23 November 2008
"Lord undo me, put away my flesh and bone..."
I have not understood the many facets of prayer, though I have seen its power shaping me to the Father's will. I have feared to pray for brokenness, knowing that I would soon find myself deeply confronted (once again) by my own weakness and sin. I have both refused to pray, knowing His answering would hurt, and prayed with every fiber of me yearning for His presence in the humbling.
I cannot tell you that if you pray, your mother will be healed or your cousin saved.
But I do know that the God I serve is mighty to save. And I know that prayer is a part of your recognition of being in the presence of this Mighty One.
"The eighteenth-century Hasidic Jews had more sense, and more belief. One Hasidic slaughterer, whose work required invoking the Lord, bade a tearful farewell to his wife and children every morning before he set out for the slaughterhouse. He felt, every morning, that he would never see any of them again. For every day, as he himself stood with is knife in his hand, the words of his prayer carried him into danger. After he called on God, God might notice and destroy him before he had time to utter the rest, "Have mercy."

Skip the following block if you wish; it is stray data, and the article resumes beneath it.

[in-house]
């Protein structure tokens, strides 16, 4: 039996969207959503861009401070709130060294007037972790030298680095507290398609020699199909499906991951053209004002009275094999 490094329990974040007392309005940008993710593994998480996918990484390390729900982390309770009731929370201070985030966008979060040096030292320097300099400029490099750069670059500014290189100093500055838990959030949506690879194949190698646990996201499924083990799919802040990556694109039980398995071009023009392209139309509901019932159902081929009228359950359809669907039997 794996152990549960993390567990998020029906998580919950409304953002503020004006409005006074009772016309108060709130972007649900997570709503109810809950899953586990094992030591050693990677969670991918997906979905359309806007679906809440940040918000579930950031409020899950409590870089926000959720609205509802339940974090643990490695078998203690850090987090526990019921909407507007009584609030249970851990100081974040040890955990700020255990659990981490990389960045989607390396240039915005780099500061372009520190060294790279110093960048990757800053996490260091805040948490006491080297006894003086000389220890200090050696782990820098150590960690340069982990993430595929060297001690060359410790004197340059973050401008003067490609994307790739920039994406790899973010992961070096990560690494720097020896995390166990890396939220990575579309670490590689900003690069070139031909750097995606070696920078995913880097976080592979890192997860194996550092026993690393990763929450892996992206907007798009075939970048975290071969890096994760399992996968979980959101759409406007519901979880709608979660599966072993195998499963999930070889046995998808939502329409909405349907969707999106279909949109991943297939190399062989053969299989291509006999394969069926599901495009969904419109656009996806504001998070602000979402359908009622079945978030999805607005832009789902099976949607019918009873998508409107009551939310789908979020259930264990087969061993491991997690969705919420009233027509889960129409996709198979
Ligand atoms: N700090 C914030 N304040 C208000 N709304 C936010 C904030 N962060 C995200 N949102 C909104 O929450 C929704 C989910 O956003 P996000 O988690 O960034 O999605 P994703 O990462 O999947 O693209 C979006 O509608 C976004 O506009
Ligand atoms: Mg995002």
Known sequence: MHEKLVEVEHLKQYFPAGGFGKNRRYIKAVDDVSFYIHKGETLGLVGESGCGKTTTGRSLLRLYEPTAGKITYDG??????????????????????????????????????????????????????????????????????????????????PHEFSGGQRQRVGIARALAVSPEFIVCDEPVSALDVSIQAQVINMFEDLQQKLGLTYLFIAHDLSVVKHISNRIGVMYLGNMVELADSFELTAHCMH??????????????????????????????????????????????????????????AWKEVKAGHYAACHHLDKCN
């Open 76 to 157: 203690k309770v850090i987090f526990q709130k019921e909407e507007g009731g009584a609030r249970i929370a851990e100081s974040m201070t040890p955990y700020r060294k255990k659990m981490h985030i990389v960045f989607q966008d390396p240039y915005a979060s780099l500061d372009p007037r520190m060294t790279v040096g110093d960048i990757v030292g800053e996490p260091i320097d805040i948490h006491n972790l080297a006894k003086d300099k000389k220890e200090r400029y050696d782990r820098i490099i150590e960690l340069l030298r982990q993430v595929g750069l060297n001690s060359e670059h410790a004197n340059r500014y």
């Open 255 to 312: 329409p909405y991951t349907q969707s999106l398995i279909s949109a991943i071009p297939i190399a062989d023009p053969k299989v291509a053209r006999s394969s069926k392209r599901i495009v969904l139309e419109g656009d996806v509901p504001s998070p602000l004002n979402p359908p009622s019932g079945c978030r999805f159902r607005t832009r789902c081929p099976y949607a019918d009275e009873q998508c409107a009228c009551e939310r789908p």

Another Hasid, a rabbi, refused to promise a friend to visit him the next day: "How can you ask me to make such a promise? This evening I must pray and recite 'Hear, O Israel.' When I say theese words, my soul goes out to the utmost rim of life...Perhaps I shall not die this time either, but how can I now promise to do something at a time after the prayer?"
-Annie Dillard, Teaching a Stone to Talk
28 October 2008
the pieces of glass jagged as
your morning routine when
we have no milk.
I lay table-top my confessions,
colorful mosaics, dull mishaps
next to yours—
no glass-cutter in sight the edges
are rubbed, fitted, never perfect
But neither are mornings without milk.
head, familiarity with this
sacrifice not dulling the sobriety
of his face. This life spilt for
his offspring’s seven days of sin,